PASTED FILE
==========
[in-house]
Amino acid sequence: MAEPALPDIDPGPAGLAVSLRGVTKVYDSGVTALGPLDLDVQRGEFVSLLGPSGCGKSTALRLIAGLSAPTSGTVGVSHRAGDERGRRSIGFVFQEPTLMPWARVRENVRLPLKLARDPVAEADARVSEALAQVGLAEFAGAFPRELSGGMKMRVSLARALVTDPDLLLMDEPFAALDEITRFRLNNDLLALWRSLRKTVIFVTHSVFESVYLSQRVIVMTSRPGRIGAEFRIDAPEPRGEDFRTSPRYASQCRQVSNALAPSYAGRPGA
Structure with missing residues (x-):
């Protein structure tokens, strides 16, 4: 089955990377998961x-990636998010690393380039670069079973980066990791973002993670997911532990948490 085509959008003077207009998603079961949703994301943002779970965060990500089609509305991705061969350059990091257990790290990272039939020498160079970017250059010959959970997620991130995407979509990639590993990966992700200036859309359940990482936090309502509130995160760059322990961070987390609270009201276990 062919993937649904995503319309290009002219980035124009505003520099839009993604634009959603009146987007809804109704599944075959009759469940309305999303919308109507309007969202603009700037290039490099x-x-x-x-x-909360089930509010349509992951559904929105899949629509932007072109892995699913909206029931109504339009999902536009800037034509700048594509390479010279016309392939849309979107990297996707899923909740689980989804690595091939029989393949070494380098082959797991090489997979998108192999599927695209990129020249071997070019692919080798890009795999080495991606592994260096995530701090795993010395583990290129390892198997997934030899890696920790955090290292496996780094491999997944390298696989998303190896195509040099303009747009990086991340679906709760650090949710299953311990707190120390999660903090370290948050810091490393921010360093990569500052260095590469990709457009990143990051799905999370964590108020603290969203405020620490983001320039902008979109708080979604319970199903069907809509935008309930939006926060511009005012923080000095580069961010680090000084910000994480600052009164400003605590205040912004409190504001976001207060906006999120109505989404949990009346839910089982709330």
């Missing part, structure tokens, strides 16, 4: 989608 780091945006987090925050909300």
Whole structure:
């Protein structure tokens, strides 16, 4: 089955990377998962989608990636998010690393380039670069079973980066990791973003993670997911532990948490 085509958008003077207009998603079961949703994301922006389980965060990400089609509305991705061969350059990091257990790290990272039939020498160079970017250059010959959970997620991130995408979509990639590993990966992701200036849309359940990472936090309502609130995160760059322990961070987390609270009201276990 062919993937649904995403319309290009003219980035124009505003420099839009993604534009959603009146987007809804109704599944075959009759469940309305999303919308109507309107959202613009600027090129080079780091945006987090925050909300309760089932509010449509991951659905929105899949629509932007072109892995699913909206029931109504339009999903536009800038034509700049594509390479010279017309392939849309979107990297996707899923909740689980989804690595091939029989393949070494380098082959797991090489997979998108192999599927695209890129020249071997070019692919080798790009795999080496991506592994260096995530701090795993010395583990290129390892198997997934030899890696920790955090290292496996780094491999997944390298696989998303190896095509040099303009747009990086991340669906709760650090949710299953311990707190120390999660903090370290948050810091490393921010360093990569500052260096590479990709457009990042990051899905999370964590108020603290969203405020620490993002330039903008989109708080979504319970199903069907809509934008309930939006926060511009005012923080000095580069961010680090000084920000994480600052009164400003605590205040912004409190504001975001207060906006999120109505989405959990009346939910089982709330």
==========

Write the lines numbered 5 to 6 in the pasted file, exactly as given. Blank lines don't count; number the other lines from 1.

């Missing part, structure tokens, strides 16, 4: 989608 780091945006987090925050909300």
Whole structure: